Existing academic research suggests that the perspectives of citizens are often ignored in the development of smart cities (Hollands 2015). The results of this review suggest that citizens are under-represented, rather than being completely ignored. The research gaps identified here are in  person-centred topics, such as privacy, which important to citizens. These should be addressed by practitioners involved in developing and marketing smart city services and by government and academic bodies involved in producing smart city policies.


Carroll CE, McCombs M (2003) Agenda-setting effects of business news on the public’s images and opinions about major corporations. Corp Reput Rev6:36–46. palgrave.crr.1540188

Hollands RG (2015) Critical interventions into the corporate smart city. Camb J Reg Econ Soc8:61–77

Marrone, M, Hammerle, M (2018) Smart Cities: A Review and Analysis of Stakeholders’ Literature. Bus Inf Syst Eng 60: 197.

McCombs ME, Shaw DL (1972) The agenda-setting function of mass media. Public Opin Q36:176–187

A thousand cultures: bridging interdisciplinary divides

In his “Two Cultures” lecture, C.P. Snow (1961) spoke of a “gulf of mutual incomprehension” between scientists and scholars of the humanities, resulting from their disparate perspectives on the world and what we can hope to know about it. Since the enlightenment, scientists have sought to unearth objective facts and present them in an unbiased manner, while scholars of the humanities have celebrated the role of human interpretation in building knowledge and understanding. In the succeeding decades, interdisciplinary or even transdisciplinary work has been called for, to solve increasingly complex problems, yet divides persist.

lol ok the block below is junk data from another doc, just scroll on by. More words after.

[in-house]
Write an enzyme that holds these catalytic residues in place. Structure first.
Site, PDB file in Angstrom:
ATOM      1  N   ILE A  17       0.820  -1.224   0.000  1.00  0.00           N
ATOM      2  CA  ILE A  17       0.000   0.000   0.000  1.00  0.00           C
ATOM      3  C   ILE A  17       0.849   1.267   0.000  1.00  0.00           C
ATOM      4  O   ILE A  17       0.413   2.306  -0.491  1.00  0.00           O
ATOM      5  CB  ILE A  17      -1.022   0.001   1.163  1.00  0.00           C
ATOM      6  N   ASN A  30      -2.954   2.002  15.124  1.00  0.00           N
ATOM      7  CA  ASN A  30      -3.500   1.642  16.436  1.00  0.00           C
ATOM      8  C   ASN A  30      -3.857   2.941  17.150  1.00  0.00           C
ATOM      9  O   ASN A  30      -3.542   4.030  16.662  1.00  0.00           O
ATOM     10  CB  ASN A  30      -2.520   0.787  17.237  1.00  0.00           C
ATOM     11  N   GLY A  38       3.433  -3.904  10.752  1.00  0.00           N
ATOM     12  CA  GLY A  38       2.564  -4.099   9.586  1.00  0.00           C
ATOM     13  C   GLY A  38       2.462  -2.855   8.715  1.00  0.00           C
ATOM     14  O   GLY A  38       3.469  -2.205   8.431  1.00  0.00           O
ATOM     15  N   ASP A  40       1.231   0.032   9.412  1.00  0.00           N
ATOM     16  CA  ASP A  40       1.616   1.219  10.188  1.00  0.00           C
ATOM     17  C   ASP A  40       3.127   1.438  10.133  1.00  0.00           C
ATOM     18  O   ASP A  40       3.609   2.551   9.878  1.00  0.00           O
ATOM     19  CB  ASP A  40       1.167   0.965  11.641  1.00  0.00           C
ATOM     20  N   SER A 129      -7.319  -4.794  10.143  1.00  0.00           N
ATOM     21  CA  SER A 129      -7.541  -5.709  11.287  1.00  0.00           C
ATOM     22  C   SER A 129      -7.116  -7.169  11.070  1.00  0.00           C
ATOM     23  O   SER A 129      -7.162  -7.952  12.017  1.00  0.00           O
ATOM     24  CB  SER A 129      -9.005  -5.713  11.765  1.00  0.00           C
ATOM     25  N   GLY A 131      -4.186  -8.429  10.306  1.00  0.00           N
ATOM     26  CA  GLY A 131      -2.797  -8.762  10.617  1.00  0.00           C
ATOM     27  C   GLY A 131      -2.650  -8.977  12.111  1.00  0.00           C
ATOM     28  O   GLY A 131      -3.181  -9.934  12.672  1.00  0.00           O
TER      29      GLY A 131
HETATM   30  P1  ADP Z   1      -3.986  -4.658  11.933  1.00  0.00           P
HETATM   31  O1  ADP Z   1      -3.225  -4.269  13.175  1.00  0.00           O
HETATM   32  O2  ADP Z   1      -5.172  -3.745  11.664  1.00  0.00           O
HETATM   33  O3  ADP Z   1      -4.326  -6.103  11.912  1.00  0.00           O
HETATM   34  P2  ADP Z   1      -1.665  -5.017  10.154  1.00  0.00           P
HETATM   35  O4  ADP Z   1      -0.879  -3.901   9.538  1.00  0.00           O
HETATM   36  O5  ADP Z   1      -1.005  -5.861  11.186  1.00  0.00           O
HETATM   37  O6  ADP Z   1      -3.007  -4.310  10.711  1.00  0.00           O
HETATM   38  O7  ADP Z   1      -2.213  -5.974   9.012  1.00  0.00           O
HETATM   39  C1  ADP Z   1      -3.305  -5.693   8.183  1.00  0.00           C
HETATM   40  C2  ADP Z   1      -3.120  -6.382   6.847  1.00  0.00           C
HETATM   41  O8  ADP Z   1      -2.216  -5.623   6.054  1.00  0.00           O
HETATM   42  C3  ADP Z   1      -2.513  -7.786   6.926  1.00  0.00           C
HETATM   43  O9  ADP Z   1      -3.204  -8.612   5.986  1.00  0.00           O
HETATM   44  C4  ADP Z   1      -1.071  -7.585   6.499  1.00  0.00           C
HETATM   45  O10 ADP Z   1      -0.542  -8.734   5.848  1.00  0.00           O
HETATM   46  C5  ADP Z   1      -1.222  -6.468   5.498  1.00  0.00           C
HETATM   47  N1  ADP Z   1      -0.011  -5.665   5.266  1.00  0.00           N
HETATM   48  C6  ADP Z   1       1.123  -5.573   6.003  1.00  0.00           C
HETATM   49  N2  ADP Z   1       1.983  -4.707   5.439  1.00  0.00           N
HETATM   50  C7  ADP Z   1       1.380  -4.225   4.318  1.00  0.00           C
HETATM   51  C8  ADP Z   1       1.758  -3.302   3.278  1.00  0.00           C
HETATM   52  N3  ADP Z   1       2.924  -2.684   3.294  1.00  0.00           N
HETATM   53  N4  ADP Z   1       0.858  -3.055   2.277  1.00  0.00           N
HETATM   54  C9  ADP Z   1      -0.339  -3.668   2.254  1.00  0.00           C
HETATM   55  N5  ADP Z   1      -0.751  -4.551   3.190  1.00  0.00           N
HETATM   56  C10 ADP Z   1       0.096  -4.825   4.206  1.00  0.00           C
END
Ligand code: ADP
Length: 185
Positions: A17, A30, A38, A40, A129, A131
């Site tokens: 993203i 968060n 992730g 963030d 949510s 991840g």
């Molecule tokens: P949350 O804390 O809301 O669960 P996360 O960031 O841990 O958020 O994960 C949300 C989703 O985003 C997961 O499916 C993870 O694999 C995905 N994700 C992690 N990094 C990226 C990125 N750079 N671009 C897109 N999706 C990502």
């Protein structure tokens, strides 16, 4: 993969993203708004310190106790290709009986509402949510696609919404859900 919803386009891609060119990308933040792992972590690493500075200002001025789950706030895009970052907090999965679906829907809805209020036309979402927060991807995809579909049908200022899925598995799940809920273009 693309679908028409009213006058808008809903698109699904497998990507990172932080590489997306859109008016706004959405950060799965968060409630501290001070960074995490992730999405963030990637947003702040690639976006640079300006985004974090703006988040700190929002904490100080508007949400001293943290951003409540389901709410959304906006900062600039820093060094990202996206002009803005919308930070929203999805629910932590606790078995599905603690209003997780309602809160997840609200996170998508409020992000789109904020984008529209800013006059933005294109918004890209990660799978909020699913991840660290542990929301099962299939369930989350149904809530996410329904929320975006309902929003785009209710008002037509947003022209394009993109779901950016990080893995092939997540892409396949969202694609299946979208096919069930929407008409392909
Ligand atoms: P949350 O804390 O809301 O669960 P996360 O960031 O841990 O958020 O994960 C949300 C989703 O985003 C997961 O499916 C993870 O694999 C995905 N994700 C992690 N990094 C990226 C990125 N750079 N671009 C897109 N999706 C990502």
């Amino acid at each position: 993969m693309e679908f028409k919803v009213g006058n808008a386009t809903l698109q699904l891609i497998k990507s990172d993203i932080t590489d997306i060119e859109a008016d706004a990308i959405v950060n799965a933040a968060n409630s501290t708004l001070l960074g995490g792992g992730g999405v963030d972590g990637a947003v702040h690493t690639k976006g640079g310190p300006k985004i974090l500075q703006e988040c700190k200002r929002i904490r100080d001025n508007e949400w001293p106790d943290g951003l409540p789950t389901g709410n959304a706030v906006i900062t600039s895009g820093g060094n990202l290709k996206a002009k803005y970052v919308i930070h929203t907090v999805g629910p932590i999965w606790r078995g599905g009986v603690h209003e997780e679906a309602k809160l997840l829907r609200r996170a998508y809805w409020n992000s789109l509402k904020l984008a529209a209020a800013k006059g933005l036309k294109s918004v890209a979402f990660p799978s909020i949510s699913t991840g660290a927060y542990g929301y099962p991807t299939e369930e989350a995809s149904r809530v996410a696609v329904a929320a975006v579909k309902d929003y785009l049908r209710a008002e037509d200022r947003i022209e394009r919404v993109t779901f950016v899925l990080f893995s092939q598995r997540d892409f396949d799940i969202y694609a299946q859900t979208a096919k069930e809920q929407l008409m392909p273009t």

Interdisciplinary divides are not only in evidence between the sciences and humanities. They exist between quantitative and qualitative researchers, between practitioners and theorists, and between academic and business sectors (Kahn, 2011). Echoing the title of Deleuze and Guattari’s (1987) seminal book. “A Thousand Plateaus”, it is perhaps more accurate to speak of a thousand cultures than of two. Deleuze and Guattari used the analogy of rhizomes (modified plant stems which run underground horizontally) to describe aggregations of multiplicity as an alternative to “arboreal” conceptions of diverging roots or branches. We may consider “disciplines” in a similar way (see Figure 1). Within a rhizomatic conception of research, groups of researchers may share enough qualities that they may be considered to form a discipline, but each discipline will still be connected to the others.

Figure 1: Possible means of conceptualising disciplines. The image on the left is of a traditional, “arboreal” conception of disciplines, represented as a branching tree diagram. The image on the right is of an alternative, rhizomatic conception of disciplines, a horizontally interconnected network of researchers, represented here by numbered circles.

When we broaden our conception of cultures or disciplines, we acknowledge a wider range of types of interdisciplinary divide. Beyond the intellectual divides described by Snow (1961), structural divides emerge, including gulfs in the understanding and use of technology. There are institutional divides concerning conventions in career progression and journal publication, differences in academic calendars, and differences in working practices between academia and business (Kahn, 2011). Further, there is variation in conventions and language across different geographic locations.